From Anne R. Allen’s Blog… with Ruth Harris:
I started this blog on March 13th, 2009. It was Friday the 13th. Obviously I have a need to tempt fate.
I knew pretty much nothing about blogging. I simply wanted a place to put the unpublished columns I had written for Inkwell Newswatch, a Canadian writers’ zine that stopped publication in January 2009.
It’s amazing what you can do when you don’t know how.
I settled on putting up weekly posts on Sunday at 10 AM. I can’t remember why. Maybe I pictured my fellow writers relaxing with a cup of coffee on Sunday mornings and surfing the writing blogs the way I did.
Later I read that “the rules” of blogging say that Sunday is the worst day to post to a blog.
But this blog has never followed the rules. And that’s probably the most important thing I’ve learned over the years: blogging has no rules; make your own.
The blog got a big “oomph” when Ruth Harris joined me in 2011. Her vast expertise in the publishing world — both as a Big 5 editor and a bestselling author — brought a whole lot more polish and knowledge to the blog. And I think she’s been as happy to break “the rules” as I have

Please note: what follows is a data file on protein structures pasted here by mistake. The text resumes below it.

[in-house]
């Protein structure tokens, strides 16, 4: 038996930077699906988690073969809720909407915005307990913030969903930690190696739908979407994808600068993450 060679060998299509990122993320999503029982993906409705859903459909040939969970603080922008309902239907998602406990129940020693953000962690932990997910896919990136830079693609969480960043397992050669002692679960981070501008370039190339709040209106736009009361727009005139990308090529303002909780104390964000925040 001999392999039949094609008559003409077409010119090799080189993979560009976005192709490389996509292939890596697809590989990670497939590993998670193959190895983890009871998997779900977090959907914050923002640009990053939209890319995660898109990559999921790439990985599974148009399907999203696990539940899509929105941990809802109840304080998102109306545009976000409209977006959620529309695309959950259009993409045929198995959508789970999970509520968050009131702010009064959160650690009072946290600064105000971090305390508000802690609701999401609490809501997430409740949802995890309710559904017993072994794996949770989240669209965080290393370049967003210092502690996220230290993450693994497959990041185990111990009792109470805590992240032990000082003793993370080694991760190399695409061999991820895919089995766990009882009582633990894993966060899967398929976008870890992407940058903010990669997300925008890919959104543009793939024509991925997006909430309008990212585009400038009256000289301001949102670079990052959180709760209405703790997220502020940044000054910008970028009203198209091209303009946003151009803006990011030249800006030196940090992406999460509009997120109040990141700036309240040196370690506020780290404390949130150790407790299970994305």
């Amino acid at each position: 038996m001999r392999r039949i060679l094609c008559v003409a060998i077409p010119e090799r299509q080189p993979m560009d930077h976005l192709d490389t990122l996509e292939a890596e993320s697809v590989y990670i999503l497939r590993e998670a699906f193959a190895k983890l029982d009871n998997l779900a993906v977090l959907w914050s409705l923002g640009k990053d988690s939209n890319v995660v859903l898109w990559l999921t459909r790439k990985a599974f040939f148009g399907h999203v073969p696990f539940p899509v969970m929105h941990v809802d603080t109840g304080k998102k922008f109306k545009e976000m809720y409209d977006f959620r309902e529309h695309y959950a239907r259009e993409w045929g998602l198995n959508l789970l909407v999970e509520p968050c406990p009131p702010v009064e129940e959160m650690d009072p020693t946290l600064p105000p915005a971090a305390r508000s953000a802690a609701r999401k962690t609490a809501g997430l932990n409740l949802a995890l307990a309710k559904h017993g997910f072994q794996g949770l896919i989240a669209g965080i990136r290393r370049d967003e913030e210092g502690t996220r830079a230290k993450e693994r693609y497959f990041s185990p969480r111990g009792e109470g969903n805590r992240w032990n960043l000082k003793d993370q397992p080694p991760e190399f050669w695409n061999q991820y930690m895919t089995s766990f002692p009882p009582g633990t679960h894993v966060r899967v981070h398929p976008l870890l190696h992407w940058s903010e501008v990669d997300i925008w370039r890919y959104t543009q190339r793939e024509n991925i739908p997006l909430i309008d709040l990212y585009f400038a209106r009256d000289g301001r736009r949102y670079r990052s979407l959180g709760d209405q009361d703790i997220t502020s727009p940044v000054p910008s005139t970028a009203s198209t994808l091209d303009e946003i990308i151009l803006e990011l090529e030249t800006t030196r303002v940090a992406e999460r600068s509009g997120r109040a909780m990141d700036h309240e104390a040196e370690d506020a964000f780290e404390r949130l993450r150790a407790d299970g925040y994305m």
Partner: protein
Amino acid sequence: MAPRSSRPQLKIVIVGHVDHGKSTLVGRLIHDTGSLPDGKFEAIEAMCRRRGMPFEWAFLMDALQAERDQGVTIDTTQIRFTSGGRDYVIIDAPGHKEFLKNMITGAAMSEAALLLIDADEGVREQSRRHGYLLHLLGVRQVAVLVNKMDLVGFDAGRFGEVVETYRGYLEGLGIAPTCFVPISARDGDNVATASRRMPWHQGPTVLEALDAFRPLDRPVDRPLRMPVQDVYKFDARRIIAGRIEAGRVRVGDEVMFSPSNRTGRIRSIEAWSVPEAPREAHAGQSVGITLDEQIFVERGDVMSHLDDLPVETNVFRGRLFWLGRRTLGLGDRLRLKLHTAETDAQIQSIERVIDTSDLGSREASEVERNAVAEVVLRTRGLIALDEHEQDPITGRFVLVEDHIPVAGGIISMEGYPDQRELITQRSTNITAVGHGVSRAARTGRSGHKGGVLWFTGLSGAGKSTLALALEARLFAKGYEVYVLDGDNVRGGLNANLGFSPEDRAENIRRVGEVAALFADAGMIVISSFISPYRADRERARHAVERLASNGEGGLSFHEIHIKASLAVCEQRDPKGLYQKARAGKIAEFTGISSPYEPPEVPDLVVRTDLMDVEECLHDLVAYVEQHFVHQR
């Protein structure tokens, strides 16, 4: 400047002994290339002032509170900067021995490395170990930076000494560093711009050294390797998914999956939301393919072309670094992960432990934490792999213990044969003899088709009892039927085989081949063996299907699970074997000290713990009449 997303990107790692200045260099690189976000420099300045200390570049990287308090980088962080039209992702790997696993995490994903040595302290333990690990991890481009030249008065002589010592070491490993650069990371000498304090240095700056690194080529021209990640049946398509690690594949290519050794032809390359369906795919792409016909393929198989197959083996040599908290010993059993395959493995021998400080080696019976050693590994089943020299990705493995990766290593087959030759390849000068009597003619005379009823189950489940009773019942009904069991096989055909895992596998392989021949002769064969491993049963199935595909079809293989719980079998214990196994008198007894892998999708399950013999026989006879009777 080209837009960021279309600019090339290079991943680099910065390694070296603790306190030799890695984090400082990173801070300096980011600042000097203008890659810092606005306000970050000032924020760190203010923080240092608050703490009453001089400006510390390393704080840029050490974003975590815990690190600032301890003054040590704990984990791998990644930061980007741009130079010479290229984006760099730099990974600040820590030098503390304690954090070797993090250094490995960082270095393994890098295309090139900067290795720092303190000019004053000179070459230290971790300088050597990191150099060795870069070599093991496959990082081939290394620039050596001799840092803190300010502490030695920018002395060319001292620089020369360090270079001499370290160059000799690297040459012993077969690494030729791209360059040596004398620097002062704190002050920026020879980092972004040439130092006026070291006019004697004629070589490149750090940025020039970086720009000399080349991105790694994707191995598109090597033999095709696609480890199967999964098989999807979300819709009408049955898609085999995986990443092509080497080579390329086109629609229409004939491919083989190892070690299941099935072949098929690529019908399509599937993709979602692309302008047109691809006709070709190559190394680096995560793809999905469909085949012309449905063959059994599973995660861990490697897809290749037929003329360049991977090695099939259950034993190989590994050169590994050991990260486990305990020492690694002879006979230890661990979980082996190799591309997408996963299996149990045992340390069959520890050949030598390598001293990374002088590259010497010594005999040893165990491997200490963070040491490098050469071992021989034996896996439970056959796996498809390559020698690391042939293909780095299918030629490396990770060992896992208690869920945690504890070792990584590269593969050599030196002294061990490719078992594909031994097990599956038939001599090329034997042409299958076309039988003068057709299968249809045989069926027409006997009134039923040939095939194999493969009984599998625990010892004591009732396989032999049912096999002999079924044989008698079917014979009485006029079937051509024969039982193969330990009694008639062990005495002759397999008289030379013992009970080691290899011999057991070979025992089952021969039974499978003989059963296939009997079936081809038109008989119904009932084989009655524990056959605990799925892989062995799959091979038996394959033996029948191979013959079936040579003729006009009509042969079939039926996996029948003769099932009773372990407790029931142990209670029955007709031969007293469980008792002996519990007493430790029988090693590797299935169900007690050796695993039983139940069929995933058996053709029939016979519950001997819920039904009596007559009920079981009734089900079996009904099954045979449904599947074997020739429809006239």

Here are my own rules of blogging. I posted some of these on my 10th blogiversary. Not much about blogging has changed since then, except that blogging has lost its luster, and a lot of authors prefer to interact on social media.
But I think a blog still provides a writer with the best web presence. And nobody will put you in Blogging Jail if you break some unwritten rule.
1) Question Authority
“The rules” will come and go. So will gimmicks and tricks for SEO, ROI, SERP, and LMNOP . The only thing that stays the same is the value of good content.
When I started out, “the rules” said a blogpost should be 300 words long and you should blog at least twice a day. Yeah. How many successful authors do you know who do that?
We were also told that an author blog should follow the same rules as a blog about make-up tips for teens or how to make decorative pillows out of dryer lint.
And we were supposed to run advertising all over the site. I remember reading that the #1 failure of new bloggers was “failure to monetize.” (I had to look up the word “monetize.”)
How many successful author blogs are peppered with irrelevant advertising these days?
Also, you needed a niche. You could only blog about jelly doughnuts or training your cat to use the toilet. Otherwise, readers would get confused.
Rule-makers are always underestimating readers. I slowly found out an author can blog about anything. Authors blog to attract readers who will like our books. So we can write about anything those people would like to read about.
We simply have to make sure that what we say is honest, well-written, and helpful.